Special education needed

How to Determine if Traditional Education Isn't Working for Your Child

by Becton Loveless

Despite the many reports that our educational system isn't working, the majority of students make it through with the ability to go onto further education or out into the world of jobs and family. A large portion of students, however, are getting lost in the system. These children aren't working and learning at a rate that they are capable of. Some of them are receiving high school diplomas and can barely read, write, or do simple mathematical equations. These are children who can learn if put into the correct environment. That environment isn't a traditional school setting. It is my goal with this information here to help you as a parent know if your child may be one of these that has become lost in the system. We will explore the signs that are sometimes apparent and other times so subtle you would miss them if you didn't know what to look for. We will also discuss the children kind of children who are most likely to fit into the category of needing a non-traditional educational environment. Finally, we will cover what options a parent has available if they determine the current traditional school environment is not working for their child. Let's get started.

Signs The School System Isn't Working for Your Child

Children know when something isn't working for them but they may not have the words available to explain why. Younger children especially may know they are unhappy but not have an emotional understanding to know what is causing the problem. Another group of children may not know the educational system isn't working because they have nothing to compare what a working system looks like for them. Have you noticed any of the following traits in your child?

1. Fighting to stay home. Are mornings a constant battle with your child? Children who are unhappy at school will find everything possible to stall when having to get ready. If this happens on a regular basis, you need to question why they are not excited about another day of friends and learning.

2. Frequent headaches or stomach aches. These are very real to the child who finds school a horrible place to be. The psychological upset can manifest itself in frequent pains that prevent going to school, with the head and the stomach being the most common. In this case, a doctor's visit is in order to rule out other causes but if there are no medical reasons, the school could be an issue.

3. Leaves for school in a good mood but often comes home in a sour mood. Children are natural optimists. Younger children may brush off a bad day and get excited to try again the next morning. If your child starts out optimistic and then comes home in a bad mood every day, there is a problem. One of the things this could indicate is your child is being bullied but other things could also be the cause.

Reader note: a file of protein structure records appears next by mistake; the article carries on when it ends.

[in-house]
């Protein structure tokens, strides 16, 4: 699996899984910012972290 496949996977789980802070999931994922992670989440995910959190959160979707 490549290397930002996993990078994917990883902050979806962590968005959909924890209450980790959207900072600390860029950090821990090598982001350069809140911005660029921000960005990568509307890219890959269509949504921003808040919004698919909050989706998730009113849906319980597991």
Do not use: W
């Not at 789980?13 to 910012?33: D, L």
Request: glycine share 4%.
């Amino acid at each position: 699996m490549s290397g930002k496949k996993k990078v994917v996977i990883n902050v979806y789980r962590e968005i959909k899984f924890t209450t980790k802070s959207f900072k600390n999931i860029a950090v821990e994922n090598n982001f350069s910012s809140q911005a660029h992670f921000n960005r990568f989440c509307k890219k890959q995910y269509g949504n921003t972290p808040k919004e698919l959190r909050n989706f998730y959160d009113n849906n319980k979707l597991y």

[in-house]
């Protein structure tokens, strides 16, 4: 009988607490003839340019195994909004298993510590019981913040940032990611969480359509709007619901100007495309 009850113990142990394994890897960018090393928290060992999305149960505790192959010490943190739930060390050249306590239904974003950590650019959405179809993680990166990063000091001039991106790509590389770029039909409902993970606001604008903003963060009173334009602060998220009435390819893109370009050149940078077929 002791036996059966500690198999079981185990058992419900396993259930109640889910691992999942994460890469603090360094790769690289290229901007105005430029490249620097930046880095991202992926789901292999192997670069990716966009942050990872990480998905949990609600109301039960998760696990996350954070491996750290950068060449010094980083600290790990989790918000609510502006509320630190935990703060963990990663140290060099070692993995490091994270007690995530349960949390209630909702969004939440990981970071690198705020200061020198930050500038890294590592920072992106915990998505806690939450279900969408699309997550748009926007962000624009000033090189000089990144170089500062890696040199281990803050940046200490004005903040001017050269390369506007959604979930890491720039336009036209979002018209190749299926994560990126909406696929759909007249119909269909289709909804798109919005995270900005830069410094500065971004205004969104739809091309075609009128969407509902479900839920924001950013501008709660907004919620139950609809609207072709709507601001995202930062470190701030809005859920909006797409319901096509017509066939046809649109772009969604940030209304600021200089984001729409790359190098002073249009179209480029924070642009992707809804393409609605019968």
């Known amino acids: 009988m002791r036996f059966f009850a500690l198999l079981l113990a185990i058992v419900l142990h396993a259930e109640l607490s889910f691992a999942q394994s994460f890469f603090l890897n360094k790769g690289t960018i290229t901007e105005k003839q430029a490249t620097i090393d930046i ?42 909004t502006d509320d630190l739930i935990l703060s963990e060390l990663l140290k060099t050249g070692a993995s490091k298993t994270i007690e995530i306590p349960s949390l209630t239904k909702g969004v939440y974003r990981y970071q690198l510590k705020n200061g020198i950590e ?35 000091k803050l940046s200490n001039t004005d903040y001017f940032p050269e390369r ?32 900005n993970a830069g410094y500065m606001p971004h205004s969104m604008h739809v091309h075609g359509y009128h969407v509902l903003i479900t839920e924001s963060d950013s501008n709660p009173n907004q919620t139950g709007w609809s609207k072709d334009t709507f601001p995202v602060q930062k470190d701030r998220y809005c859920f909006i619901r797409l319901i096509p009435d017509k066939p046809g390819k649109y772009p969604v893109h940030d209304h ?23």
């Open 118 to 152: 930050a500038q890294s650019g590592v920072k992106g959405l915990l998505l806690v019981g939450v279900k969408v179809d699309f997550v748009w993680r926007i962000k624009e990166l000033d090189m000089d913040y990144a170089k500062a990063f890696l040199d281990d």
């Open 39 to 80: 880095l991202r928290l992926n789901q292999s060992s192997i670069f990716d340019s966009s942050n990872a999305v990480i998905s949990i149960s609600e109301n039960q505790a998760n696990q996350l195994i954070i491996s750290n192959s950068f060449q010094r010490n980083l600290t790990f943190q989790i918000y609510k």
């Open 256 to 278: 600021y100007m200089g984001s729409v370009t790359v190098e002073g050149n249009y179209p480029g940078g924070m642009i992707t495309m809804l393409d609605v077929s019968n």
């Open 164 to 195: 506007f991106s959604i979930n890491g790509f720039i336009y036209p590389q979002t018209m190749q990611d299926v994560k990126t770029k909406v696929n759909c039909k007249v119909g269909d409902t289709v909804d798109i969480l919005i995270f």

4. Brings periodic reports stating they aren't trying. Generalized testing gives educators and parents a fair indication of a child's potential. If your child has been shown to be capable of a certain level of work but brings home reports that they aren't trying, it is important to find out why. It is possible they have a learning difference that hasn't been detected or they feel bored and unchallenged with the current level of work.

5. Complaining they are bored. When a child is not being challenged academically, they become bored and feel there is no reason to be sitting in a classroom doing the same stuff over again. Even if the teacher notices they may be told to read on their own or even help the other kids. This can set them apart from their peers, still doesn't give them challenging material to learn, and leaves them bored.

6. You get frequent disciplinary reports. Children don't have the emotional skills necessary to both identify their emotions and convey them to adults in an appropriate manner. This is especially true of the younger ones. Many children who are feeling frustrated on a daily basis may act out, their frustration manifesting at anger. Many times that anger is at themselves and their perceived inadequacy when they see the others in their classroom "getting it".

7. Your child can't tell you what they learned in school that day. Every child has a day where nothing in particular stands out or something happened between school and home that was more exciting. If your child never seems to be able to tell you something interesting or exciting that was discovered during the day, you need to question whether or not the setting is appropriate.